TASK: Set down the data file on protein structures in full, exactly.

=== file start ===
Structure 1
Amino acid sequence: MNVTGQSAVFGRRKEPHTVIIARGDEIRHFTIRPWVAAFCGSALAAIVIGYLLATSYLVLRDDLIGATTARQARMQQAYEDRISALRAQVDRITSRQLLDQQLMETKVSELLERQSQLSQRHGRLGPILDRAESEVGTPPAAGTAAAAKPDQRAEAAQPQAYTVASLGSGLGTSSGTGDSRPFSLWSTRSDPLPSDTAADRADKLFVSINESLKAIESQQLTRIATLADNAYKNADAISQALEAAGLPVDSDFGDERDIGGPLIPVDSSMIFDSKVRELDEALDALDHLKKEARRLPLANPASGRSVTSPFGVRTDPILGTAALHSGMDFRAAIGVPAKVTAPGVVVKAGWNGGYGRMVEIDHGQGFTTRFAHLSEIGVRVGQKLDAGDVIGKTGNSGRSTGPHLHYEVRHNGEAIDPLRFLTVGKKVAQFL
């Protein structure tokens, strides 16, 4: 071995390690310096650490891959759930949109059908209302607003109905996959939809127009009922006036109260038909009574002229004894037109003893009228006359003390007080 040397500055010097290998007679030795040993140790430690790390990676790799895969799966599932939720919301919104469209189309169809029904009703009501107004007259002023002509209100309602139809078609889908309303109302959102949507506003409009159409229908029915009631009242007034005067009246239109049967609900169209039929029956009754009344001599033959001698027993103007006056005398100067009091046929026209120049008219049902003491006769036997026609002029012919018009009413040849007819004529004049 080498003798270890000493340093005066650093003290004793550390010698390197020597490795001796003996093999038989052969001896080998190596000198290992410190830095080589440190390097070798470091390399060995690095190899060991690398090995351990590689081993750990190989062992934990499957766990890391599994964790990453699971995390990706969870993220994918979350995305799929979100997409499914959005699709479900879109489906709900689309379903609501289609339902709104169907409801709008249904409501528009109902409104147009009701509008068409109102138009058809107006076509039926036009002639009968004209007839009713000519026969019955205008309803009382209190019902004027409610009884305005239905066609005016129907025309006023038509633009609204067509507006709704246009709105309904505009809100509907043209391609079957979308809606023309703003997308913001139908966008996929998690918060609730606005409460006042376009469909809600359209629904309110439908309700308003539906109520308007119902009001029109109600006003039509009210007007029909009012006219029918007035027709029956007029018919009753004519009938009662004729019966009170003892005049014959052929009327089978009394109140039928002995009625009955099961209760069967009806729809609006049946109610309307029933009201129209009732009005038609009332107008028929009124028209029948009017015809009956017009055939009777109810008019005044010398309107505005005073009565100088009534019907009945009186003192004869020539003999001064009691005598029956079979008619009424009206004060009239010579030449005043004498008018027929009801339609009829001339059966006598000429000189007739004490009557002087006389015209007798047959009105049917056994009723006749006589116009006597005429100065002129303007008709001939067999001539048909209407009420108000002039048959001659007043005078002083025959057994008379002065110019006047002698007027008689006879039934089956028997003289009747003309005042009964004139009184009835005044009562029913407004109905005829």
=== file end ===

Structure 1
Amino acid sequence: MNVTGQSAVFGRRKEPHTVIIARGDEIRHFTIRPWVAAFCGSALAAIVIGYLLATSYLVLRDDLIGATTARQARMQQAYEDRISALRAQVDRITSRQLLDQQLMETKVSELLERQSQLSQRHGRLGPILDRAESEVGTPPAAGTAAAAKPDQRAEAAQPQAYTVASLGSGLGTSSGTGDSRPFSLWSTRSDPLPSDTAADRADKLFVSINESLKAIESQQLTRIATLADNAYKNADAISQALEAAGLPVDSDFGDERDIGGPLIPVDSSMIFDSKVRELDEALDALDHLKKEARRLPLANPASGRSVTSPFGVRTDPILGTAALHSGMDFRAAIGVPAKVTAPGVVVKAGWNGGYGRMVEIDHGQGFTTRFAHLSEIGVRVGQKLDAGDVIGKTGNSGRSTGPHLHYEVRHNGEAIDPLRFLTVGKKVAQFL
């Protein structure tokens, strides 16, 4: 071995390690310096650490891959759930949109059908209302607003109905996959939809127009009922006036109260038909009574002229004894037109003893009228006359003390007080 040397500055010097290998007679030795040993140790430690790390990676790799895969799966599932939720919301919104469209189309169809029904009703009501107004007259002023002509209100309602139809078609889908309303109302959102949507506003409009159409229908029915009631009242007034005067009246239109049967609900169209039929029956009754009344001599033959001698027993103007006056005398100067009091046929026209120049008219049902003491006769036997026609002029012919018009009413040849007819004529004049 080498003798270890000493340093005066650093003290004793550390010698390197020597490795001796003996093999038989052969001896080998190596000198290992410190830095080589440190390097070798470091390399060995690095190899060991690398090995351990590689081993750990190989062992934990499957766990890391599994964790990453699971995390990706969870993220994918979350995305799929979100997409499914959005699709479900879109489906709900689309379903609501289609339902709104169907409801709008249904409501528009109902409104147009009701509008068409109102138009058809107006076509039926036009002639009968004209007839009713000519026969019955205008309803009382209190019902004027409610009884305005239905066609005016129907025309006023038509633009609204067509507006709704246009709105309904505009809100509907043209391609079957979308809606023309703003997308913001139908966008996929998690918060609730606005409460006042376009469909809600359209629904309110439908309700308003539906109520308007119902009001029109109600006003039509009210007007029909009012006219029918007035027709029956007029018919009753004519009938009662004729019966009170003892005049014959052929009327089978009394109140039928002995009625009955099961209760069967009806729809609006049946109610309307029933009201129209009732009005038609009332107008028929009124028209029948009017015809009956017009055939009777109810008019005044010398309107505005005073009565100088009534019907009945009186003192004869020539003999001064009691005598029956079979008619009424009206004060009239010579030449005043004498008018027929009801339609009829001339059966006598000429000189007739004490009557002087006389015209007798047959009105049917056994009723006749006589116009006597005429100065002129303007008709001939067999001539048909209407009420108000002039048959001659007043005078002083025959057994008379002065110019006047002698007027008689006879039934089956028997003289009747003309005042009964004139009184009835005044009562029913407004109905005829």